Learn how to do mattress stitch with our video tutorial
When you’ve finished a knitting or crochet project, the real make-or-break moment is in stitching all the parts together – the sewing up.
A poorly finished project can look haggard and lumpy, and after all that hard work in making your beautiful pieces, a professional finish is what’s deserved.
While many of you crafters will be familiar with the neglected piles of knitted pieces hidden under the bed waiting to be joined together – this needn’t be a task you can’t face. You just need to be armed with the right techniques. And after watching the video above, you’ll know exactly what to do.
Is mattress stitch better than backstitch?
Many prefer mattress stitch to backstitch because it leaves a finer seam. We don’t agree – with a careful eye, you can create equally fine a seam with backstitch.
What you’re up against with backstitch, however, is that you’re looking at the wrong side of the work as you stitch, whereas with mattress stitch you work with the right-side facing you. This makes it a dream for lining up stripes and patterned fabrics.
In fact, when mattress stitch is done well, it mimics the structure of your knitting and you’ll find that you shouldn’t see where the fabrics are joined at all.
Is mattress stitch invisible?
Yes, mattress stitch creates invisible seams! If done well, you could use a totally different coloured yarn for mattress stitch to that of your fabric and still not be able to spot it. Try it sometime and watch the magic as stitches vanish into the fabric.
What should you use mattress stitch for?
Mattress stitch can be used on any knitted or crocheted projects – but on ready-made woven fabrics this seaming technique will cause fabrics to buckle a bit.
It’s best used with yarn knitting, as the way you place your yarn using this stitch mimics the elasticity and structure of knitting stitches, particularly in stocking stitch.
How to get perfect mattress stitch seams
It’s tempting to yank really hard when you’re sewing knitted pieces together, but don’t pull too tight – while tighter might feel more secure, what you’re aiming for is to replicate the elasticity and tension of the fabric you’ve created. Anything too tight will cause the fabric to ripple and the seam to feel stiff.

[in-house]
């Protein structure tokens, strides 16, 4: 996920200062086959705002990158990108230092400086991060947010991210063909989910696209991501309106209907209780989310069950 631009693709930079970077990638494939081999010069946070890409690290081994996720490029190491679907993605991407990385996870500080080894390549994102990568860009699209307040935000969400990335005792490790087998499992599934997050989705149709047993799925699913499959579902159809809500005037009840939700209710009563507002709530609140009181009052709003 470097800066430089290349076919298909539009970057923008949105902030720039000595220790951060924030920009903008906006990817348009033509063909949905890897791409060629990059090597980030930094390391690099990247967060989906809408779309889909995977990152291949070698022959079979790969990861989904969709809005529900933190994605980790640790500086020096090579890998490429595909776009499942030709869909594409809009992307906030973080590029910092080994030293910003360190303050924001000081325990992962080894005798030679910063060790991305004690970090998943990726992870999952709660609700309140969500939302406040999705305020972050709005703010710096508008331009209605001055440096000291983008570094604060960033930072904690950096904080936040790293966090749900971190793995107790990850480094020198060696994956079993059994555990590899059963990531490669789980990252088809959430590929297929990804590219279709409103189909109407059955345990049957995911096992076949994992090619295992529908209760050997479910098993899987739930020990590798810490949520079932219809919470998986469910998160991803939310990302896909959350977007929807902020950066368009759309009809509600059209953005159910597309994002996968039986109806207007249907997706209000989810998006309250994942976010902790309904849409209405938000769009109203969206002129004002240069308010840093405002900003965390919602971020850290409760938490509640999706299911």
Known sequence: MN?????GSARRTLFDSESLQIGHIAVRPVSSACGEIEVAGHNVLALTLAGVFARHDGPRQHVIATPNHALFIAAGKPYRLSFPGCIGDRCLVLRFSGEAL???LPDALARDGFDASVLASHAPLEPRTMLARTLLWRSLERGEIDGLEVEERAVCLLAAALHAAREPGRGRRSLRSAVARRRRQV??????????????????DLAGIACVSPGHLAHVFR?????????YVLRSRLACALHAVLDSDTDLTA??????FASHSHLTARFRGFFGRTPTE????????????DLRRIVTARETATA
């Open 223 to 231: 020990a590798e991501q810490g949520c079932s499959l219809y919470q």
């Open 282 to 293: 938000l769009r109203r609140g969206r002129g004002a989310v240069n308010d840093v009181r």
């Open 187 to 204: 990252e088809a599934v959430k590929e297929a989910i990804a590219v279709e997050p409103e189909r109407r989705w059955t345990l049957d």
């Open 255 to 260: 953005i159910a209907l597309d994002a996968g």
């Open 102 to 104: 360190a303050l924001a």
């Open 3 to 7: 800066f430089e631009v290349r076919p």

Try not to split your yarn by using a blunt needle. Avoid stitching back into the knitting you’ve already created as you go – when it comes to that satisfying tug to bring the seam together, you’ll soon find that the fabrics stick and don’t pull together and will have to go back and undo what you have already done.
How to do mattress stitch step-by-step with images
Think ahead – try and leave a long length of yarn behind when you cast on or cast off a project. It’ll save extra ends for you to darn in later.
Always work two loops in from the edge. This could be one full stitch at the row-end edge, or the cast-off or cast-on edge. Going further into the work will create chunky seams – but going too close to the edge will create gaps.
Lay your work side by side with the right side facing you for both knitted pieces, and arrange them so that you will be stitching away from you.
Coming up from the reverse of the work to the right-side, use a blunt-ended darning or tapestry needle to bring your working yarn from the back to the front of the work. If you’re joining in new yarn for sewing-up, leave a tail of a few inches to darn in later.
On the other piece of fabric you’re joining, insert your tapestry needle down from the front surface and come back up a couple of stitches or rows along, picking up the bars of yarn in the fabric as you go.
On the opposite piece, insert your tapestry needle down from the right to wrong sides of the work into the same point where your yarn came up previously, again coming up a couple of stitches or rows along, as you did before.
To continue seaming, repeat steps 3 and 4 until your fabrics are joined. You can keep the seam open and loose for a few stitches at a time before giving the yarn a tug to pull the stitches closed.
Ready for more sewing-up techniques? Check out the slip stitch (sometimes called whip stitch) used for joining granny squares in our handy tutorial video.
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